An official of the Philippine Army urged activists in Negros Island to seek government help for protection if they feel there is a real threat on their lives.
That was the reaction of Maj. Cenon Pancito, 3rd Infantry Division spokesperson, when sought for comment after local activists, who are vocal against the Duterte administration, said they received death threats early this week.
Human rights group Karapatan, through its national public information desk, said it received a text message Sunday, March 7, that named the 10 activists in Negros Island alleged to be the next targets of the “Kill, kill, kill” program.
Karapatan Negros claimed that the threats came from state forces, as they are the only ones who have the motive as shown by their relentless attacks and intimidation.
But Pancito stressed that the 3rd IB “vehemently denies that the text messages were coming from the Philippine Army.”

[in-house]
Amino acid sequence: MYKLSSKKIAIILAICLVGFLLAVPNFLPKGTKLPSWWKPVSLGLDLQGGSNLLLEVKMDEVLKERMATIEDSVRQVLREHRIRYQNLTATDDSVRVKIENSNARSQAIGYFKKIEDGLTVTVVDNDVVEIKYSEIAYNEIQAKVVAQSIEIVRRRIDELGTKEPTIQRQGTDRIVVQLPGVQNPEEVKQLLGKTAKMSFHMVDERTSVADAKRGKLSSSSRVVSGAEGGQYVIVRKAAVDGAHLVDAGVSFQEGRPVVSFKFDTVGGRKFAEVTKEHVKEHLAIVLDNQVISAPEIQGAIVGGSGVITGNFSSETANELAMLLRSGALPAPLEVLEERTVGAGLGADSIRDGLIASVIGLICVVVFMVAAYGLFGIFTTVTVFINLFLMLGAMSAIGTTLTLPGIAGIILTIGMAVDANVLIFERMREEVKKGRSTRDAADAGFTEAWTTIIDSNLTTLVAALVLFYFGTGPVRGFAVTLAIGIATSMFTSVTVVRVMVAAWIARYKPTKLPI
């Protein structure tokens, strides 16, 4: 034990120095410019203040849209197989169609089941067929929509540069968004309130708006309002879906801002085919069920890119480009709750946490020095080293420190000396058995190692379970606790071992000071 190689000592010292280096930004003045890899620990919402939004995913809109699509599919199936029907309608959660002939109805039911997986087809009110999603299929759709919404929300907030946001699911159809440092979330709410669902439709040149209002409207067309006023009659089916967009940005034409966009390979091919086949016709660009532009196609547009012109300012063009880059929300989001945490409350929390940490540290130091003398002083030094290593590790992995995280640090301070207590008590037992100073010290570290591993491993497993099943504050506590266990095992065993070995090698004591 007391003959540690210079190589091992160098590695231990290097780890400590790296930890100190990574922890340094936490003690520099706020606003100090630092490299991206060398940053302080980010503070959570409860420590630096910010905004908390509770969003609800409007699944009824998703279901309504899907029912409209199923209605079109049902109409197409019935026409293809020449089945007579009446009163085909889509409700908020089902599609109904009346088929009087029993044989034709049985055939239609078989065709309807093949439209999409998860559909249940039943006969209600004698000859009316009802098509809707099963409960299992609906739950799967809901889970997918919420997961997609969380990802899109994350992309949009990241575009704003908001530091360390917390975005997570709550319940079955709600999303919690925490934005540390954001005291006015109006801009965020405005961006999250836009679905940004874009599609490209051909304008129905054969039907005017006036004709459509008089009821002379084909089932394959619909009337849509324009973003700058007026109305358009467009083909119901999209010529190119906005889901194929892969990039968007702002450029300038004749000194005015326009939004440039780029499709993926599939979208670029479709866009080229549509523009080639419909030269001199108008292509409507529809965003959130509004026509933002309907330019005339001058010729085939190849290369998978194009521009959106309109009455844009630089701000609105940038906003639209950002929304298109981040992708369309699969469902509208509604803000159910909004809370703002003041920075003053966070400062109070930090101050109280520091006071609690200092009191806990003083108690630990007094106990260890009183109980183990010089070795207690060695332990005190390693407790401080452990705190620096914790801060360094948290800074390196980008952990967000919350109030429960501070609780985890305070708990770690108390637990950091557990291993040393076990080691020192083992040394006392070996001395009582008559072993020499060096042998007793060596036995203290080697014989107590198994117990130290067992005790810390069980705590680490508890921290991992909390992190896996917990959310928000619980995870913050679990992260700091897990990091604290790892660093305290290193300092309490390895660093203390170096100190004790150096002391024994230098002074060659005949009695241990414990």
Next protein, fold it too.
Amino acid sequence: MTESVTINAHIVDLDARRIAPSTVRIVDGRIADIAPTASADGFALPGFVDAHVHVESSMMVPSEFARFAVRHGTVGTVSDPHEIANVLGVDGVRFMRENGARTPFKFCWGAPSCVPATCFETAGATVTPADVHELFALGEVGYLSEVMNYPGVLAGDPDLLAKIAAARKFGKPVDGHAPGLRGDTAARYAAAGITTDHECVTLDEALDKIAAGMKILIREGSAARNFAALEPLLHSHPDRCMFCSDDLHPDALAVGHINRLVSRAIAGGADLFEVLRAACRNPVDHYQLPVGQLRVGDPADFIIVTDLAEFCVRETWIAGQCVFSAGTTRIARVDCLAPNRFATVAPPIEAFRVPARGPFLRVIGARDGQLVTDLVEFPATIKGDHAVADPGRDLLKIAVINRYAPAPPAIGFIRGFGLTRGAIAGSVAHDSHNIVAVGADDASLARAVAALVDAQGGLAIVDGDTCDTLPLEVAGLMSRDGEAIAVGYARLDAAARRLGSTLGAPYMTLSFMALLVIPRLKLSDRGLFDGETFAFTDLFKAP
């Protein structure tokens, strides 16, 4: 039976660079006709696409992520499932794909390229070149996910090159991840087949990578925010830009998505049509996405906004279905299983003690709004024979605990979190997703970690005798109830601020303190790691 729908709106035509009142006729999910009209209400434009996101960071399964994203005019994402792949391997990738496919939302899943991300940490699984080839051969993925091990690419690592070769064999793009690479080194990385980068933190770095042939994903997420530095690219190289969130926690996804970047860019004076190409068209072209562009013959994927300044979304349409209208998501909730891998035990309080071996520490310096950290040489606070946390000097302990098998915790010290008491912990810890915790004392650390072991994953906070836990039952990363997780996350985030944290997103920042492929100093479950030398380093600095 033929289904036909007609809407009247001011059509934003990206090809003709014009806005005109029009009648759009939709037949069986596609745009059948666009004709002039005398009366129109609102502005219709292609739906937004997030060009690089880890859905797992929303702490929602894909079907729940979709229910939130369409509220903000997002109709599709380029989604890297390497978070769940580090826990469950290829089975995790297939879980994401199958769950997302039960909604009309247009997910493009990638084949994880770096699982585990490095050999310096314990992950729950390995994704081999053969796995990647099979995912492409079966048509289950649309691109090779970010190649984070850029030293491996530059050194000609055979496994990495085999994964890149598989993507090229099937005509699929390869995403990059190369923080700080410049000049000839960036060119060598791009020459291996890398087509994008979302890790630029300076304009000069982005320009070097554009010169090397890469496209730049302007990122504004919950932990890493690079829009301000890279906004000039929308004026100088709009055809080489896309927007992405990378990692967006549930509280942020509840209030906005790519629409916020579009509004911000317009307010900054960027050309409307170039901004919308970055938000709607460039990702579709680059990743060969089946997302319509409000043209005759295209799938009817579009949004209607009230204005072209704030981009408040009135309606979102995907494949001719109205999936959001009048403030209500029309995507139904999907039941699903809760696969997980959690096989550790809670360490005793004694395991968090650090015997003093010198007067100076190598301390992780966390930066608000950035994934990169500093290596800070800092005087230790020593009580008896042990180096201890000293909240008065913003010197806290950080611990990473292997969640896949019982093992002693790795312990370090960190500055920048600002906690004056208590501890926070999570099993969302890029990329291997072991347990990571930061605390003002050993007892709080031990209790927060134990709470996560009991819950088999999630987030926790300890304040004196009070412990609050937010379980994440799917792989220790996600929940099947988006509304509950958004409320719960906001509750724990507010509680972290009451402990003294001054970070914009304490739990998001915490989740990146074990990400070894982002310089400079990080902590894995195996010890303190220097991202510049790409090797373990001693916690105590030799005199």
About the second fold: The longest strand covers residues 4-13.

“We find no logic on the insinuations simply because it will be very unlikely for anybody to commit a crime by warning their targets. It is as if saying that it’s beneficial for a theft to rob a house by telling the house owner that they intend to conduct robbery,” he pointed out.
He also stressed that it is never a practice of the Army to go after activists.
“Activism is a manifestation of our vibrant democracy. We always subscribe to the idea of respecting the rights of every Filipino so long that they respect the rights of others and will not commit any acts that will run contrary to existing laws,” he said.
He advised the activists “to seek the help of the government to protect them” should they believe there is a real threat against them.
“Our doors will always be open to those who feel threatened and need the services of the uniformed service, whether the Philippine National Police or the Philippine Army,” he added.*